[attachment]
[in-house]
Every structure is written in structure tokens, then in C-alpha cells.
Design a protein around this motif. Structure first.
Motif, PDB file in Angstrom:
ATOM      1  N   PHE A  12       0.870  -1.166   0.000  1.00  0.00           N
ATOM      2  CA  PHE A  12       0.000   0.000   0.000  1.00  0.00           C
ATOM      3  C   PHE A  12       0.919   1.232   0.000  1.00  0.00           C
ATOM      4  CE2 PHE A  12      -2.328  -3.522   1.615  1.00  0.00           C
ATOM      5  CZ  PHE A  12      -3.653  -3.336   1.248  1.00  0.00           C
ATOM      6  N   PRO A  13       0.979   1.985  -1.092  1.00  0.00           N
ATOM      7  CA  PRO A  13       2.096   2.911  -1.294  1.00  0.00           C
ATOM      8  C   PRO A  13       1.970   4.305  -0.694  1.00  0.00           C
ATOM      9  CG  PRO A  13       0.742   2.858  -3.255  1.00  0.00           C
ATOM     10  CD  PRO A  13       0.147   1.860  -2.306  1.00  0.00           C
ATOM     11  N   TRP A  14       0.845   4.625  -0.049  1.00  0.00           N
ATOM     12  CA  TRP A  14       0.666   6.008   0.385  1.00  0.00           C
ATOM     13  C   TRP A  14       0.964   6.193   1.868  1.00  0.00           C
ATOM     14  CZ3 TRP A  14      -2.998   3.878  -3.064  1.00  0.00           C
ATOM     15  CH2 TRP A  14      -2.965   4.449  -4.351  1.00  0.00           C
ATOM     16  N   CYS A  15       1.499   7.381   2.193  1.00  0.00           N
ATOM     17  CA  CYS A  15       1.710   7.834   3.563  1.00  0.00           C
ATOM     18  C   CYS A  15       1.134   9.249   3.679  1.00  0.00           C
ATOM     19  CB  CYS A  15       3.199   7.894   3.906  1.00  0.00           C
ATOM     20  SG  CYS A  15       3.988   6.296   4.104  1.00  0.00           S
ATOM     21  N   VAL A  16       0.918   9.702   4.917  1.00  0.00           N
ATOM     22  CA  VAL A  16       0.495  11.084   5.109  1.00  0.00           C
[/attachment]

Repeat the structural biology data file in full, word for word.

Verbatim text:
[in-house]
Every structure is written in structure tokens, then in C-alpha cells.
Design a protein around this motif. Structure first.
Motif, PDB file in Angstrom:
ATOM      1  N   PHE A  12       0.870  -1.166   0.000  1.00  0.00           N
ATOM      2  CA  PHE A  12       0.000   0.000   0.000  1.00  0.00           C
ATOM      3  C   PHE A  12       0.919   1.232   0.000  1.00  0.00           C
ATOM      4  CE2 PHE A  12      -2.328  -3.522   1.615  1.00  0.00           C
ATOM      5  CZ  PHE A  12      -3.653  -3.336   1.248  1.00  0.00           C
ATOM      6  N   PRO A  13       0.979   1.985  -1.092  1.00  0.00           N
ATOM      7  CA  PRO A  13       2.096   2.911  -1.294  1.00  0.00           C
ATOM      8  C   PRO A  13       1.970   4.305  -0.694  1.00  0.00           C
ATOM      9  CG  PRO A  13       0.742   2.858  -3.255  1.00  0.00           C
ATOM     10  CD  PRO A  13       0.147   1.860  -2.306  1.00  0.00           C
ATOM     11  N   TRP A  14       0.845   4.625  -0.049  1.00  0.00           N
ATOM     12  CA  TRP A  14       0.666   6.008   0.385  1.00  0.00           C
ATOM     13  C   TRP A  14       0.964   6.193   1.868  1.00  0.00           C
ATOM     14  CZ3 TRP A  14      -2.998   3.878  -3.064  1.00  0.00           C
ATOM     15  CH2 TRP A  14      -2.965   4.449  -4.351  1.00  0.00           C
ATOM     16  N   CYS A  15       1.499   7.381   2.193  1.00  0.00           N
ATOM     17  CA  CYS A  15       1.710   7.834   3.563  1.00  0.00           C
ATOM     18  C   CYS A  15       1.134   9.249   3.679  1.00  0.00           C
ATOM     19  CB  CYS A  15       3.199   7.894   3.906  1.00  0.00           C
ATOM     20  SG  CYS A  15       3.988   6.296   4.104  1.00  0.00           S
ATOM     21  N   VAL A  16       0.918   9.702   4.917  1.00  0.00           N
ATOM     22  CA  VAL A  16       0.495  11.084   5.109  1.00  0.00           C